21 November 2012

How to undermine your own Law Officer

You might have thought that the Attorney General had made the position abundantly clear:
After Dominic Grieve, the Attorney General, said on Tuesday that he could not get involved in the case of Sgt Danny Nightingale, No 10 said the Prime Minister had “sympathy” for the soldier.
Mr Grieve made his decision after Philip Hammond, the Defence Secretary, asked him to examine Sgt Nightingale’s case.
The soldier is currently serving an 18-month term in a military prison having pleaded guilty to possessing an automatic pistol and more than 300 rounds of ammunition without permission.
His lawyers are expected to lodge an appeal on Wednesday over his detention.
Mr Hammond asked Mr Grieve to consider reviewing the original decision to prosecute Sgt Nightingale over the weapons and ammunition. Within an hour of receiving the Defence Secretary’s request, Mr Grieve’s office made clear that the attorney believed he had no scope to intervene.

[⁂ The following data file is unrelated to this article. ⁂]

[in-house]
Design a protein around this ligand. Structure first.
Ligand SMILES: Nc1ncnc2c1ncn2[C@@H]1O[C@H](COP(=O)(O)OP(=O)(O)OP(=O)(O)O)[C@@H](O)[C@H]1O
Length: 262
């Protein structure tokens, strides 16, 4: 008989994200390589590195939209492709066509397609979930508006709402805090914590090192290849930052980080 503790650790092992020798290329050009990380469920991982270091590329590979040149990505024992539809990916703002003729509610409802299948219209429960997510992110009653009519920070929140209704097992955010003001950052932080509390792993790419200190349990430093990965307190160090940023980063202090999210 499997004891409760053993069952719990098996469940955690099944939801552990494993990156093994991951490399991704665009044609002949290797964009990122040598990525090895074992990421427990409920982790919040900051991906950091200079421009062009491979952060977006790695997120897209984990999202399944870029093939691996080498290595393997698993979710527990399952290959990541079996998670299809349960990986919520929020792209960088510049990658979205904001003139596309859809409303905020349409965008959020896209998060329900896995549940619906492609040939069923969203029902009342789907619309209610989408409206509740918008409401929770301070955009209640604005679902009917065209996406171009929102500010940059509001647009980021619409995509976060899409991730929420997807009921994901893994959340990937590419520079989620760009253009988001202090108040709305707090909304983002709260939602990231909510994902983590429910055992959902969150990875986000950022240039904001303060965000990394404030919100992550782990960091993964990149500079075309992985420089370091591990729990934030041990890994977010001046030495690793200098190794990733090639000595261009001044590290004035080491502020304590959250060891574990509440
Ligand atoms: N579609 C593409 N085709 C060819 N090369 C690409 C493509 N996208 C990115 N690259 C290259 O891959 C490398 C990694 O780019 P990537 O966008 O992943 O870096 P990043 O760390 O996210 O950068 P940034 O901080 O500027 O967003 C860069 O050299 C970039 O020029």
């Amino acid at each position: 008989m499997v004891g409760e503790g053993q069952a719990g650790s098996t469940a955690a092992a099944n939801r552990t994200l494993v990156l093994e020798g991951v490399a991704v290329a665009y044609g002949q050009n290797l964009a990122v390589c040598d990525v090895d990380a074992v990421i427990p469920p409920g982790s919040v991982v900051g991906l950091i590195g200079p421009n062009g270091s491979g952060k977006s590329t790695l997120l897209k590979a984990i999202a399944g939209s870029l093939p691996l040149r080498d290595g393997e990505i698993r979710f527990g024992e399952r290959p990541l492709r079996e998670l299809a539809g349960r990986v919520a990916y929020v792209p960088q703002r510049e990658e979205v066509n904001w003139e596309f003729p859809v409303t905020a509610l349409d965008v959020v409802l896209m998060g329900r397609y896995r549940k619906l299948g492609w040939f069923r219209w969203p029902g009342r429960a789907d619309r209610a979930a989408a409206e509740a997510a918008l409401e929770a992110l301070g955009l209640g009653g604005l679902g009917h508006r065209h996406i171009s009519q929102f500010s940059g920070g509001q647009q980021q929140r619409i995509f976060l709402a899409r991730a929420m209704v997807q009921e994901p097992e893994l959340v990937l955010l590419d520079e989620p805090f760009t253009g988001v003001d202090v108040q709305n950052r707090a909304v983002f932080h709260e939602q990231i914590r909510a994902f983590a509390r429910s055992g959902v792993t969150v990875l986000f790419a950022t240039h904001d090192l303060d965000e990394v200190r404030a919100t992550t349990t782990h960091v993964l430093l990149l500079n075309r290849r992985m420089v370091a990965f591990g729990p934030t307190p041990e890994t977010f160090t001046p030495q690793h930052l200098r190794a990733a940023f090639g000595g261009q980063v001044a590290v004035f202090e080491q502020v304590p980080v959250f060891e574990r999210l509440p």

“It would be inappropriate for the Attorney General to review either the decision to prosecute or comment on the appropriateness of the sentence,” a spokesman said.  “That is a matter for the Court Martial Appeal Court, in due course.”
But No 10 cannot resist pandering to public opinion, thus putting not only the Attorney General in a difficult spot but also the Court Martial Appeal Court.

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